It was like an out-of-body experience. I saw it happening, I knew I was the one driving, I saw the police lights, and an officer on the driver’s side speaking with the occupant. I tried to stop, swerve, so I wouldn’t hit the police car, but it happened. I didn’t notice the officer standing on the passenger side of the car, next to the guard rail of the bridge until it was too late. I saw him leap out of the way, over the rail as my car made impact with the parked police car. Shit! I was going to jail. What a way to end an already crappy day. I killed a cop. They were going to give me the max. “Cop Killer” was just added to my ever-growing rap sheet.
My head was spinning. Through my alcohol and collision induced fog, I looked up as was the other officer running towards me, gun drawn and screaming for me to put my hands where he could see them. I was rummaging through my purse to find some gum or a breath mint to mask the alcohol on my breath. I’d tell he officer I was tired, worked a long shift. I could not be brought in for DUI again.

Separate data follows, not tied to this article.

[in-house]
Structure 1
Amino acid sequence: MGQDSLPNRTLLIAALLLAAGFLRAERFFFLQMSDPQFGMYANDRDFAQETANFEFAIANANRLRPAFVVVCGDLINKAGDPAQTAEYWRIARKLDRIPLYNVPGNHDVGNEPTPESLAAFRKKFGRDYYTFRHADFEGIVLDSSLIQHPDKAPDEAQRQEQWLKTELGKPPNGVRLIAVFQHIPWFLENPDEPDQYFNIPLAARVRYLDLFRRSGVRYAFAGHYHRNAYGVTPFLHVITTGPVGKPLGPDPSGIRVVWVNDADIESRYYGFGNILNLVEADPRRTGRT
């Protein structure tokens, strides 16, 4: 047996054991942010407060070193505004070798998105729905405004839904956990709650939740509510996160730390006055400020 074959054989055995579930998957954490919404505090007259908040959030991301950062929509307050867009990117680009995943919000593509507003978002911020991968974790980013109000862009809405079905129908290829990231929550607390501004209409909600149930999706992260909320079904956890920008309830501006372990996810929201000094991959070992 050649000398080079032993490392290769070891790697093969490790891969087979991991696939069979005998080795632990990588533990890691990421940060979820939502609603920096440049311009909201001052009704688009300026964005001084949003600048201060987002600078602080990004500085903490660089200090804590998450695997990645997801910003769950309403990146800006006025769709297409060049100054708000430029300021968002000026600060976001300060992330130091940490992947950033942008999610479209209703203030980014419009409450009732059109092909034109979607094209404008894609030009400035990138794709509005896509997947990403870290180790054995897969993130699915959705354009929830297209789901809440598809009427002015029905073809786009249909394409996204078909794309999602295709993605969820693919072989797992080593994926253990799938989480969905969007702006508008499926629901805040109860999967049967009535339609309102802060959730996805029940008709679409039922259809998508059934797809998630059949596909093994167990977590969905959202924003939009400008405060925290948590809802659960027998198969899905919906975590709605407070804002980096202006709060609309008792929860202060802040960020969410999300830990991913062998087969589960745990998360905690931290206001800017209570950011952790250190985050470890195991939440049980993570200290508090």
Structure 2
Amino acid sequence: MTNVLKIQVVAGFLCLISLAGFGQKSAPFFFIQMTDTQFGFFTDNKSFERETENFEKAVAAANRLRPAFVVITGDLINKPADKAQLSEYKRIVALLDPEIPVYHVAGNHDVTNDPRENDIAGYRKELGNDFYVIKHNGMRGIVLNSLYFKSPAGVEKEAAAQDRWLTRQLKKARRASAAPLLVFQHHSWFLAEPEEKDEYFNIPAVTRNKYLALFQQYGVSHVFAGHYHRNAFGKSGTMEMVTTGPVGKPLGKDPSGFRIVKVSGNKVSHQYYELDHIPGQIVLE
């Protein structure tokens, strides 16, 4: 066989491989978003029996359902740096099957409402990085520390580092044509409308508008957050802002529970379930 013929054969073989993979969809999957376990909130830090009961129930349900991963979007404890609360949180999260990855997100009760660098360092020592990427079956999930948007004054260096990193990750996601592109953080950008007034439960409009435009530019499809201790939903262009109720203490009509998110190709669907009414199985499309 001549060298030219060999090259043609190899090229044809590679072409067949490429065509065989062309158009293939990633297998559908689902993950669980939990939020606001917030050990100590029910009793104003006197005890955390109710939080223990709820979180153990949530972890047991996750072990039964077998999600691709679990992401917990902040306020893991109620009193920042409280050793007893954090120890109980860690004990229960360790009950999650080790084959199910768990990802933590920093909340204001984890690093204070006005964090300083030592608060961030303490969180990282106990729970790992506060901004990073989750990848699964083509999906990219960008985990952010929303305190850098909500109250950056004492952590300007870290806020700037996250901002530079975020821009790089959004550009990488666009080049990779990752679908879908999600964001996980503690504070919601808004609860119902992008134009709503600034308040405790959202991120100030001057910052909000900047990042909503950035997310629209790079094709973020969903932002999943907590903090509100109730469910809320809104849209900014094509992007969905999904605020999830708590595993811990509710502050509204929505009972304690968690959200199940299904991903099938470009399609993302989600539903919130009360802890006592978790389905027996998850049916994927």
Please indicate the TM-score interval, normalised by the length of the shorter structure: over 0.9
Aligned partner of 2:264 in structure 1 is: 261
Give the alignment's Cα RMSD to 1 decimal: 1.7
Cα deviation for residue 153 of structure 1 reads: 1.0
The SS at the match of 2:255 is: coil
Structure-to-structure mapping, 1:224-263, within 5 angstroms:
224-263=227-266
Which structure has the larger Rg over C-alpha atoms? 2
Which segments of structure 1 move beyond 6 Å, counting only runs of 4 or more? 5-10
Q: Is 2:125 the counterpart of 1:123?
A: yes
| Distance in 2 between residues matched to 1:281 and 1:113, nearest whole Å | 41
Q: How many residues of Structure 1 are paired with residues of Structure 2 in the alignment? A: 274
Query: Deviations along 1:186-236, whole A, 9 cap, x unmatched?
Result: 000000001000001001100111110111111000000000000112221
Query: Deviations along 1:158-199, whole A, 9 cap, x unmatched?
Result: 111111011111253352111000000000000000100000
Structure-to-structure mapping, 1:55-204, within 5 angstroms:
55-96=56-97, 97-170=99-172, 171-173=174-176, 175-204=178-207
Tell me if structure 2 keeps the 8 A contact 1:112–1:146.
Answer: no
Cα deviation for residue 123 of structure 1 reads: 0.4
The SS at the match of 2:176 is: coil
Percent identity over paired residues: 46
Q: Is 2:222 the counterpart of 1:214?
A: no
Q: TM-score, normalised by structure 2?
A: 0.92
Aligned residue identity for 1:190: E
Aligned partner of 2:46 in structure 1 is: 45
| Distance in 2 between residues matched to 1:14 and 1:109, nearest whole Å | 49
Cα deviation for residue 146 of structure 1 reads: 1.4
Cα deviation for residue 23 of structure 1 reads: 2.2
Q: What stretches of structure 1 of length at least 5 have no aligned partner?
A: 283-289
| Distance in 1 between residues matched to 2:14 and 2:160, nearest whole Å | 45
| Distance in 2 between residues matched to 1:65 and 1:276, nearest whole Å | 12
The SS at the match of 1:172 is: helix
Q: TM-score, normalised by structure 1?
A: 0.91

My car door opened and the officer dragged me out of my car. I screamed and flailed my arms in surprise. My hand connected with flesh. He threw me to the ground and screamed for me to stay down. Great. DUI, murder and assault of an officer. I wasn’t just going to jail, they were going to put me under the jail. I threw up. It stung my nose and made my eyes water. Everything after that was blur. There was shouting, flashing lights, officers and paramedics speaking into radios.
They asked me for my information and discovered the vehicle wasn’t mine, it wasn’t insured, and my license was suspended. My sister didn’t know I borrowed her car. She was going to kill me. Maybe jail was the safest place for me. I was definitely on my way back to rehab. I could not even begin to imagine what my sponsor was going to say to me. I was shoved into the back of a police car with my hands cuffed behind me. Paramedics and other officers gathered by the guard rail and focussed their lights on the area below the overpass. I didn’t need to see what they were seeing. Their body language at the guard rail sobered me up. I was worried about jail time, but someone was going to have to deliver bad news to that officer’s family. I started to cry. What did I do? What did I do?